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Last Updated on March 29, 2020
The original MeMO Pad was an odd decision for ASUS tablets. It was, in some respects, an attempt at a budget-friendly alternative to the already affordable, highly-regarded Nexus 7. It was a difficult goal to meet, and it largely failed.
Subsequent MeMo Pad tablets have improved, however, and the MeMo Pad 8 is ASUS‘s newest attempt to cash in on a quickly growing class of eight-inch budget tablets.
At 8.37-by-5.01-by-0.39 inches and 0.77 pounds, the MeMo Pad 8’s dimensions are about average compared to tablets like the Dell Venue 8 or Lenovo Yoga Tablet 8. The MeMo Pad is comfortable to hold in one hand, and it’s about 0.11 pounds lighter than the uniquely shaped Yoga 8.
The aluminum-edged polycarbonate body is constructed well enough, though it won’t be mistaken for a premium device.
Comparing tablets in its class, the ASUS MeMO Pad 8 is pretty barren in terms of connectivity. The power button and volume rocker are located just on the back side of the right edge, while an uncovered microSD card slot adorns the left side.
The top features a micro USB port and standard 3.5-millimeter headphone jack, while the bottom is empty. A wide grille near the bottom of the backing conceals a pair of stereo speakers.
Resolving the Details
As has become standard for budget devices, the ASUS MeMo Pad 8 employs a 1,280-by-800 pixel IPS display. Unfortunately, the MeMo’s panel is a disappointment compared to tablets like the Dell Venue 8.
Though the panel produces good viewing angles and satisfying black levels, the color reproduction is problematic. Colors seem distractingly inaccurate, and the display produces a slightly muddled picture. The brightness is acceptable for use in most indoor environments, though it’s far from ideal.
Under the Hood
The MeMo Pad 8 is powered by a quad-core 1.6-gigahertz Cortex-A9 processor and one gigabyte of RAM. It isn’t a powerhouse, but the MeMo delivers a fairly smooth experience during most routine tasks.
There’s a bit of lag during startup and while launching some apps, but otherwise, there’s little complaint about the performance. The operating system is Android 4.2.2 Jelly Bean, which has been tweaked to include unique touches like a stylish, effective quick-app launcher.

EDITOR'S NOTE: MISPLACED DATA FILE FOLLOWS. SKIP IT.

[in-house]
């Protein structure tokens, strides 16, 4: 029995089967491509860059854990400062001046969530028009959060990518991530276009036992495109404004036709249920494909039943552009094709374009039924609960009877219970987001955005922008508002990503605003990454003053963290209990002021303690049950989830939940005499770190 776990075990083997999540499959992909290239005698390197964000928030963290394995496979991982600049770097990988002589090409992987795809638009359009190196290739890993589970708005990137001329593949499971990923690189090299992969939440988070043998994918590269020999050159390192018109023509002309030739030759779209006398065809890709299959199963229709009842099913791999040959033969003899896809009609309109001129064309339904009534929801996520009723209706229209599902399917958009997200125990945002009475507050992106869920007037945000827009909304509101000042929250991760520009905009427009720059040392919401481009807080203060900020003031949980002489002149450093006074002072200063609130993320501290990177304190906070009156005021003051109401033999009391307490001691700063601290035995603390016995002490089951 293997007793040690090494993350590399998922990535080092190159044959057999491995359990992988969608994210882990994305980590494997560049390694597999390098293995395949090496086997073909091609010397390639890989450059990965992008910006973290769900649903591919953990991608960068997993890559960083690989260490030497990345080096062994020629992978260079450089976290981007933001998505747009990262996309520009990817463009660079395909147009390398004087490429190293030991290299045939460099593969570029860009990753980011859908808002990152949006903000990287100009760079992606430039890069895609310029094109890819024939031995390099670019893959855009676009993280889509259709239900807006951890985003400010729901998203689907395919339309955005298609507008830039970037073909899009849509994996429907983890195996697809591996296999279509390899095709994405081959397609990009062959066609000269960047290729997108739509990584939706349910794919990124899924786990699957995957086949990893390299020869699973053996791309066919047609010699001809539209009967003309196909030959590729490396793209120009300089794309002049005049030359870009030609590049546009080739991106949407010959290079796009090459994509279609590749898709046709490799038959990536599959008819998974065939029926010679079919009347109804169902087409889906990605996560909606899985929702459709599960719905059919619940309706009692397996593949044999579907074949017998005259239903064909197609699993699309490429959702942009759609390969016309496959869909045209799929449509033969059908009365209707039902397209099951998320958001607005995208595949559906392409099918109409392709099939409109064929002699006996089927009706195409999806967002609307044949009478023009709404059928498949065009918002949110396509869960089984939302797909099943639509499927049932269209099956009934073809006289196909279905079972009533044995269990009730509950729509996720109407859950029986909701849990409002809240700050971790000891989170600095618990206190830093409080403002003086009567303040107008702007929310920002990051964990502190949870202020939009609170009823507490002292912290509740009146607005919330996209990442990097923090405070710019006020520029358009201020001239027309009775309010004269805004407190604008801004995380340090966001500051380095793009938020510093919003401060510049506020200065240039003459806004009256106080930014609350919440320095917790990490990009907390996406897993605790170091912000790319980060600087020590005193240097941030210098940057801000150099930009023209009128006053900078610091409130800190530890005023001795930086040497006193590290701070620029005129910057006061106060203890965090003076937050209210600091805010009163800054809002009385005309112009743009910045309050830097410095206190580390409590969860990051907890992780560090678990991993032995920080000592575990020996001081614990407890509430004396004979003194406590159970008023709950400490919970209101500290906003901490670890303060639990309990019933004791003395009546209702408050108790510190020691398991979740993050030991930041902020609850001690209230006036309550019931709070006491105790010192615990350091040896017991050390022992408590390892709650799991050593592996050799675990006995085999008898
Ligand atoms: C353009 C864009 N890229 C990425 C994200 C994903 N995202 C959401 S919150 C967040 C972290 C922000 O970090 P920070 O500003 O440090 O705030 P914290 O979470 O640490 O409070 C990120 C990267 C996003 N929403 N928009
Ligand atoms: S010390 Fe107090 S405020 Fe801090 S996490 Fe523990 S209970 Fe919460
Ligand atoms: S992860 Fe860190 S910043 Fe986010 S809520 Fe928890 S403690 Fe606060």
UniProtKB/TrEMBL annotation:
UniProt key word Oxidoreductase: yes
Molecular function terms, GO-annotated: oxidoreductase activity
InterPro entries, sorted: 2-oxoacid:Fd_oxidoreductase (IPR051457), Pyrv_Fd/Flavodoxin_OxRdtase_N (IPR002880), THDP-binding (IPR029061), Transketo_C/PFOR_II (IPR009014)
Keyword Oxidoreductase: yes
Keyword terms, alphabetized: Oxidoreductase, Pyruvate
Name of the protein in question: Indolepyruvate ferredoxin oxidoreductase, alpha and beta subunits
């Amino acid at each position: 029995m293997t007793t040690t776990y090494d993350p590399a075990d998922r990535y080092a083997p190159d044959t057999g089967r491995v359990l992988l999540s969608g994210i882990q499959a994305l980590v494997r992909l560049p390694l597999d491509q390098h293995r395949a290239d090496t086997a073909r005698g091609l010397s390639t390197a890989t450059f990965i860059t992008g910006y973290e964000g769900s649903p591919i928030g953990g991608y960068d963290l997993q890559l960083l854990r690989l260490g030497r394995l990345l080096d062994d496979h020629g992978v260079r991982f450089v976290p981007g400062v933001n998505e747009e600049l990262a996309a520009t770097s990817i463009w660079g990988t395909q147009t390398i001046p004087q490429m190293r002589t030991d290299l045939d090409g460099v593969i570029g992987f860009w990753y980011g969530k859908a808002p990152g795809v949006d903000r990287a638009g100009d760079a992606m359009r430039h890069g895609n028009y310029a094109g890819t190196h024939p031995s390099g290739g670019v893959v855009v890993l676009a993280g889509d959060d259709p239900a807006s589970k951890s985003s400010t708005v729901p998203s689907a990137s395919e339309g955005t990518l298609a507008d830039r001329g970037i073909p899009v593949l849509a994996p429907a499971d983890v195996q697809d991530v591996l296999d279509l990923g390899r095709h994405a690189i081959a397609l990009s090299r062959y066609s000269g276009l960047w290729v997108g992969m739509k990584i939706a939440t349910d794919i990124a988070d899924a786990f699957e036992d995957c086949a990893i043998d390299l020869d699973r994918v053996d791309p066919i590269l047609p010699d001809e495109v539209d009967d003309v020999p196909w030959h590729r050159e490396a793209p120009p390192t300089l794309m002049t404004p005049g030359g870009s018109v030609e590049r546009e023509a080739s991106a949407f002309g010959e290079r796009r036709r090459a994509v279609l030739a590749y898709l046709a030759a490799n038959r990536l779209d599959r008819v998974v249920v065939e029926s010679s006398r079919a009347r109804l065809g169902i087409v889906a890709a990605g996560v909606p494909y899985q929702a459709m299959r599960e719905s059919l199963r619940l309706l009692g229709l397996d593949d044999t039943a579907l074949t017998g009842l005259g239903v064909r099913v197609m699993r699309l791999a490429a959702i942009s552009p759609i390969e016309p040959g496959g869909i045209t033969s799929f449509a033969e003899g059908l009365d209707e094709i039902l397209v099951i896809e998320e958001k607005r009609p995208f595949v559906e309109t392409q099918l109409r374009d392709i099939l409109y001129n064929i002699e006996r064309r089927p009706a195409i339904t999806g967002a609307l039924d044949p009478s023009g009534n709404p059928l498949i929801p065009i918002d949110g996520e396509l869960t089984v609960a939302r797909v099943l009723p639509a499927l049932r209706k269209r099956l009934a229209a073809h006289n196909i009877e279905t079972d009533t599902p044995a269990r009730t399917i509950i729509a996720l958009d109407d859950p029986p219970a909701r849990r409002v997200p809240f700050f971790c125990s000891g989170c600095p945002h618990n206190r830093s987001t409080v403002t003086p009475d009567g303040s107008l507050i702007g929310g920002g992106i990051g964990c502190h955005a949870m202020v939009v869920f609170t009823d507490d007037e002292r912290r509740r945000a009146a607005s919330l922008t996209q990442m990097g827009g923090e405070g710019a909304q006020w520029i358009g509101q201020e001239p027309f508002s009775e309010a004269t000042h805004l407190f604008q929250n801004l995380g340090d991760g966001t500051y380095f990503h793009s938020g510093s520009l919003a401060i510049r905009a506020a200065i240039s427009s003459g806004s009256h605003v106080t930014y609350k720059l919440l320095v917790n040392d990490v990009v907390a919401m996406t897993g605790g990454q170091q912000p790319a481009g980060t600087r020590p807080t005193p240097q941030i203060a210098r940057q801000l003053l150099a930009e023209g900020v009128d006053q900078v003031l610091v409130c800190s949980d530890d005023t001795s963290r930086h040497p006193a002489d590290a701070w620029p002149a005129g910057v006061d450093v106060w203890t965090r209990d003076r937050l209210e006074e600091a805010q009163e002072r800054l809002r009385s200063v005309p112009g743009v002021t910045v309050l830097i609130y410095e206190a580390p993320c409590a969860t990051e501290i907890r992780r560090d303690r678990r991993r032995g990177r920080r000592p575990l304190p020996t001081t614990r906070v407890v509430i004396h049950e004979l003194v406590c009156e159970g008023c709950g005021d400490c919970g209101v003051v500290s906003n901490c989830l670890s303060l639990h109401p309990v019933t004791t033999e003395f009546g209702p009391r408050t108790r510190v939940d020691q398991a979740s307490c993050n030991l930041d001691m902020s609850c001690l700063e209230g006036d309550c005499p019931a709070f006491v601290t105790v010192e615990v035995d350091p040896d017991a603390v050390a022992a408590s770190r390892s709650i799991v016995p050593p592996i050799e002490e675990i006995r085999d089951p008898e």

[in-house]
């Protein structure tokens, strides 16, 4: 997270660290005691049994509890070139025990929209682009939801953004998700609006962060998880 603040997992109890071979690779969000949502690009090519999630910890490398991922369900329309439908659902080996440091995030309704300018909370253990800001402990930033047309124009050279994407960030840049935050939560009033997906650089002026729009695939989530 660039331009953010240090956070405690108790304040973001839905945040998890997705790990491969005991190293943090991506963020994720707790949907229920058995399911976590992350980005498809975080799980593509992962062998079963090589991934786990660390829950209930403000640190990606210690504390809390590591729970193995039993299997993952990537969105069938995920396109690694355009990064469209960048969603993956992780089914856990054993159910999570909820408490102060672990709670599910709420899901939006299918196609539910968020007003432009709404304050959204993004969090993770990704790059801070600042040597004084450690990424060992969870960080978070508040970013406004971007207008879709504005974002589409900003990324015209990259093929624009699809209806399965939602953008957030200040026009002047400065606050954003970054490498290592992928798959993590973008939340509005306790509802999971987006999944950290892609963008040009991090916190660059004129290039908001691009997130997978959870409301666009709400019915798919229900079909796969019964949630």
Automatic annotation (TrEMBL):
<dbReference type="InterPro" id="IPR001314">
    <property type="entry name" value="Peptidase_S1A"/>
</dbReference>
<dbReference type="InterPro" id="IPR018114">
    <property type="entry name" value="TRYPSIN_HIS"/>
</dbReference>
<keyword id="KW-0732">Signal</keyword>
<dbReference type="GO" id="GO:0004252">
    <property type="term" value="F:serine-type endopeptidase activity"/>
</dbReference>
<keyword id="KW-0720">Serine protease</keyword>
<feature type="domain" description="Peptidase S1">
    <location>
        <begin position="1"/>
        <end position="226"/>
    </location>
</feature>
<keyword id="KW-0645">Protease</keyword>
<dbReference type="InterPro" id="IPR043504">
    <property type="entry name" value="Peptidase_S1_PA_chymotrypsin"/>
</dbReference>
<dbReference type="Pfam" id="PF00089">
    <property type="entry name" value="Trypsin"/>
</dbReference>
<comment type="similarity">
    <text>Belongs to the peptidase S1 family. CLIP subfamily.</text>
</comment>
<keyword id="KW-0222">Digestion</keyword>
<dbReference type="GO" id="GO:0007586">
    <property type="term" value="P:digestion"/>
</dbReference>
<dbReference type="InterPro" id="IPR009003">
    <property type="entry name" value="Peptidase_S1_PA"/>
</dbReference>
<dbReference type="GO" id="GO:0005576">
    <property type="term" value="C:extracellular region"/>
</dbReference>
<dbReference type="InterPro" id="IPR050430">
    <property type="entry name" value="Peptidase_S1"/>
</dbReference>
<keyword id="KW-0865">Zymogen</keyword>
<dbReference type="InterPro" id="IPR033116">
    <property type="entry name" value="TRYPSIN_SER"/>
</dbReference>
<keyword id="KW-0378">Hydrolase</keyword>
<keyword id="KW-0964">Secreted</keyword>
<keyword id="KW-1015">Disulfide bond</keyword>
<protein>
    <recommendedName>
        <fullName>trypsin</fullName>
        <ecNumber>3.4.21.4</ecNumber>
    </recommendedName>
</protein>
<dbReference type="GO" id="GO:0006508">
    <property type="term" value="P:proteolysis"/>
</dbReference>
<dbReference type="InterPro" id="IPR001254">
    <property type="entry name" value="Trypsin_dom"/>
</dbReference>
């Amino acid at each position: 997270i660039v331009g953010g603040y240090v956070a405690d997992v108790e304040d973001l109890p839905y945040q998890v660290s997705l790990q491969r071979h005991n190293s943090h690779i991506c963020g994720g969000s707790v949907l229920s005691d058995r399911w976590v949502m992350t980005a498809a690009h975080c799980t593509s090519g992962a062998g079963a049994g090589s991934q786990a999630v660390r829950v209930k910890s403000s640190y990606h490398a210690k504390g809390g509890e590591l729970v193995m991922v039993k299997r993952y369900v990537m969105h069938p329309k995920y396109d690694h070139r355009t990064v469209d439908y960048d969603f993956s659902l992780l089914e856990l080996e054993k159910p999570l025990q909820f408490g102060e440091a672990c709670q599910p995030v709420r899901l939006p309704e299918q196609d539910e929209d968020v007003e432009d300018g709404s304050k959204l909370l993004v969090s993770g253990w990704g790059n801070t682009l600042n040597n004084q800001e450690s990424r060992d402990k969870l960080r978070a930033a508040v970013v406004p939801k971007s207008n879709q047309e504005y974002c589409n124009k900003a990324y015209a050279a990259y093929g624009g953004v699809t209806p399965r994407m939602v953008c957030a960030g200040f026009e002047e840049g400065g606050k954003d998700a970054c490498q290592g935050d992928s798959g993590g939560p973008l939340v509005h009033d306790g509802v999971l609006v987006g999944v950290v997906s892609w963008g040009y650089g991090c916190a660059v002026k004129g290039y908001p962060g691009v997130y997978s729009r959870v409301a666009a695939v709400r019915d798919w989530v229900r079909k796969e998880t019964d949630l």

Tablet Roundup and Competition
The ASUS MeMo Pad 8 offers an interesting alternative compared to tablets like the Dell Venue 8 and Lenovo Yoga Tablet 8. It offers decent construction quality that’s on par with the Venue 8. The Yoga is fairly well-built as well, but the folded-book design is a love-it-or-hate-it feature.
All three offer solid performance, with the MeMo Pad packing slightly more power than the others. The display is somewhat substandard even for a budget tablet, however, and both the Venue and Yoga 8 feature higher-quality panels.
The ASUS delivers plenty of positives for the price, but it may not be the best bang for your buck.
What Customers Say
According to customer feedback, the MeMo Pad 8’s biggest draw is its blend of power, portability, and affordability. The MeMo Pad 8 is slightly narrower than some other eight-inch devices, making it easier to hold with one hand while still offering more screen space than a seven-inch tablet.
Despite the occasional hiccups, customers have responded positively to the MeMo’s performance compared to tablets in its class. The most common complaints center around inconsistent video playback, questionable display quality and occasional technical malfunctions that required the tablet to be replaced.